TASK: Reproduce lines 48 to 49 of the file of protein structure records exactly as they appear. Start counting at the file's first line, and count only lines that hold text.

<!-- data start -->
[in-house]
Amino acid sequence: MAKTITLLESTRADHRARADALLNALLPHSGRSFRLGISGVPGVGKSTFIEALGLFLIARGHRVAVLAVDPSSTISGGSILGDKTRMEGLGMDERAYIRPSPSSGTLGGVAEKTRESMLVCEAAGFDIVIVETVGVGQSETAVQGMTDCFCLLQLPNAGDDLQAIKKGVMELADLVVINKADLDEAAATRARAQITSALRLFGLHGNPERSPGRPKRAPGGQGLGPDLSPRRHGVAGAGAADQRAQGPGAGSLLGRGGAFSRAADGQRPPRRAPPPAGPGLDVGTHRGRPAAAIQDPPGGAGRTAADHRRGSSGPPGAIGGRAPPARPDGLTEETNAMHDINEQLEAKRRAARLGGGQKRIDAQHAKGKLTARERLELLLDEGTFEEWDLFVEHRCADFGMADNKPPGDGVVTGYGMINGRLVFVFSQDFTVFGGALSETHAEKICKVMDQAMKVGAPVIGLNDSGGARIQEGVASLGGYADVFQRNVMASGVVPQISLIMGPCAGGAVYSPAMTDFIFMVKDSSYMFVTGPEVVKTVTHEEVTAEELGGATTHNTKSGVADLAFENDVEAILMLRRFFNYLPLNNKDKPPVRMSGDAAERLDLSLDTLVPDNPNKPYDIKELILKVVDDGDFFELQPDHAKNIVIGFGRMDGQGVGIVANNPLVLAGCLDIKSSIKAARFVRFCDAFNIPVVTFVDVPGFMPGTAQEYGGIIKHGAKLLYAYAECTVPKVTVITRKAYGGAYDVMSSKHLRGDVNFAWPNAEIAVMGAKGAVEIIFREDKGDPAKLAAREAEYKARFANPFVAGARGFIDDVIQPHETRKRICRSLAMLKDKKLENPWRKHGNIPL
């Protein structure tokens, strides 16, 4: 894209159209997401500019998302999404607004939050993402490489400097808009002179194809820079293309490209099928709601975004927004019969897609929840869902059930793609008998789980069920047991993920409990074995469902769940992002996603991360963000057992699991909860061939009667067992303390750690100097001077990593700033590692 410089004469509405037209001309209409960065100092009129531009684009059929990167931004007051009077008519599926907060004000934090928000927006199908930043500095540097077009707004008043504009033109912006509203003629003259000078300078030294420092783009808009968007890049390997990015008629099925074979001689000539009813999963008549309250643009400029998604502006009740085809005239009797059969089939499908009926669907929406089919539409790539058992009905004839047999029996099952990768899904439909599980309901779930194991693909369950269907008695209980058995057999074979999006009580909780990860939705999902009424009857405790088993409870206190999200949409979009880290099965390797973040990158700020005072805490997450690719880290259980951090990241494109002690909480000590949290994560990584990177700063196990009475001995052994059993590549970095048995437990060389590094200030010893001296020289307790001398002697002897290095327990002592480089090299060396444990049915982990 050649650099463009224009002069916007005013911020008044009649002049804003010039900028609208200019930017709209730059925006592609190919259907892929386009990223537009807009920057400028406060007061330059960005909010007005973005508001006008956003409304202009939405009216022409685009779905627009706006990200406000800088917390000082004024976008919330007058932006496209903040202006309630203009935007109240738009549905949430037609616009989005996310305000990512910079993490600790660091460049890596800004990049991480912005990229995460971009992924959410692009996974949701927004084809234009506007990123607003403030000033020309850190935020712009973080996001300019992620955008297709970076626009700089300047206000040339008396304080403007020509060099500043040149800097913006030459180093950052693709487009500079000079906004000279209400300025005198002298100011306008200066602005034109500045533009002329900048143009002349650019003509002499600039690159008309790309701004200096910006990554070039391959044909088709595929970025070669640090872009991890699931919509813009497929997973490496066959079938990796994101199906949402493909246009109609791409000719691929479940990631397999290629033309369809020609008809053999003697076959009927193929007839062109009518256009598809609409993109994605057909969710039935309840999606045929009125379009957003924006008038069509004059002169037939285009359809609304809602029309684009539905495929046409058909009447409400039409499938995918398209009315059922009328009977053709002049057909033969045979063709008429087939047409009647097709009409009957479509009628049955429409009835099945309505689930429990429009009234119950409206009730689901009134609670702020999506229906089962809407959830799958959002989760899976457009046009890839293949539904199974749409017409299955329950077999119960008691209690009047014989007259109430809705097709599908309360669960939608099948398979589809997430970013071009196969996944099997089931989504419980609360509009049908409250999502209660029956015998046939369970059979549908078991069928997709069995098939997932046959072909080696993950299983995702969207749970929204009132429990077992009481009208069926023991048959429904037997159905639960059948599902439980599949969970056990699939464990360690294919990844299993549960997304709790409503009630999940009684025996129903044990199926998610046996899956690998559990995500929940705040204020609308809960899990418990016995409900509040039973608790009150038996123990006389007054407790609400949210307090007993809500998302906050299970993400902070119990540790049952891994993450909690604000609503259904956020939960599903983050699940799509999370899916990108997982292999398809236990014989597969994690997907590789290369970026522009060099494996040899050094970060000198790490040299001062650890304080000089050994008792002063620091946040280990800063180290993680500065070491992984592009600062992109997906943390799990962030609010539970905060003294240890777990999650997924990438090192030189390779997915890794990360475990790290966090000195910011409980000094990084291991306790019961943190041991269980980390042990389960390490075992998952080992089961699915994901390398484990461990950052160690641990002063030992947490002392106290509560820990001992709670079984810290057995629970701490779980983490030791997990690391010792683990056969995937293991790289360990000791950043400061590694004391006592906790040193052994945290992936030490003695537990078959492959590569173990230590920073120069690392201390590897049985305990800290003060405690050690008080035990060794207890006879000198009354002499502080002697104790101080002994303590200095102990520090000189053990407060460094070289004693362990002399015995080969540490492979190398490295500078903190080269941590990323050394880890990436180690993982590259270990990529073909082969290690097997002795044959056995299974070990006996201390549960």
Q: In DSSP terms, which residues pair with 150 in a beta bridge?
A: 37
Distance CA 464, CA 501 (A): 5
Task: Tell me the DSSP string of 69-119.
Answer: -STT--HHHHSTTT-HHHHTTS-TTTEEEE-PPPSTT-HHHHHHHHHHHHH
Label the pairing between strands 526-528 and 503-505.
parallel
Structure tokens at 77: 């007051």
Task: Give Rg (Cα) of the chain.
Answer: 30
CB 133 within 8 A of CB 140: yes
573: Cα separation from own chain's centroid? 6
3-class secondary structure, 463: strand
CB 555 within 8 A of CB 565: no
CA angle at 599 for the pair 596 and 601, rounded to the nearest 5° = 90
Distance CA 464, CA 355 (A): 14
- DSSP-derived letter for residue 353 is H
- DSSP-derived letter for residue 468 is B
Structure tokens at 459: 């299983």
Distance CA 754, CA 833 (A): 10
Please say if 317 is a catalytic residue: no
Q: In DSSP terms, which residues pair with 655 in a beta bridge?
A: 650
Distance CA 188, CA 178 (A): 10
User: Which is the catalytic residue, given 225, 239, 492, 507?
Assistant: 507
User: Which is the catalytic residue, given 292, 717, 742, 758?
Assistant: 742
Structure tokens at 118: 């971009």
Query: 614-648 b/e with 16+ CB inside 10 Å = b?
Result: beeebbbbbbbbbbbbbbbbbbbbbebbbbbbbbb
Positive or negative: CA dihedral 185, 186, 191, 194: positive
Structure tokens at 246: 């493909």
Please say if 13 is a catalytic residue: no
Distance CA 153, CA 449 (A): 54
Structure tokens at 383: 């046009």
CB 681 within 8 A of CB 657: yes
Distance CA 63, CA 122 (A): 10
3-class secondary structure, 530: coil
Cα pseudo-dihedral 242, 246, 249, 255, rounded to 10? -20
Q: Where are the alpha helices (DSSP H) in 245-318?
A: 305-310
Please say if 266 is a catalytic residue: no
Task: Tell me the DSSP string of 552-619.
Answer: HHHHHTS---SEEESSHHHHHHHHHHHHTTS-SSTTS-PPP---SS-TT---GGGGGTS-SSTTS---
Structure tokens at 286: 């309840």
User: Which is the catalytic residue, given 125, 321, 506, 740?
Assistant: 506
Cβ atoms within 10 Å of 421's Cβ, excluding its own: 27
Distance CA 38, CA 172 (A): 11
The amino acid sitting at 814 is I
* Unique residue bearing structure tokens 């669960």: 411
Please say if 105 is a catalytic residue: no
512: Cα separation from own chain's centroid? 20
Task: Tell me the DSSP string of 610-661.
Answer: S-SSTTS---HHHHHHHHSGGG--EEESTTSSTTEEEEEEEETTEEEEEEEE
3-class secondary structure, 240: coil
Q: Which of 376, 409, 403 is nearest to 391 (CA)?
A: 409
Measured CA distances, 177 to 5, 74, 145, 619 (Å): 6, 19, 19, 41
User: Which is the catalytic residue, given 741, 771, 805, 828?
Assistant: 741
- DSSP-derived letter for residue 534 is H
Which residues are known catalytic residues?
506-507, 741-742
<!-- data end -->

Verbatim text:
Answer: HHHHHTS---SEEESSHHHHHHHHHHHHTTS-SSTTS-PPP---SS-TT---GGGGGTS-SSTTS---
Structure tokens at 286: 């309840």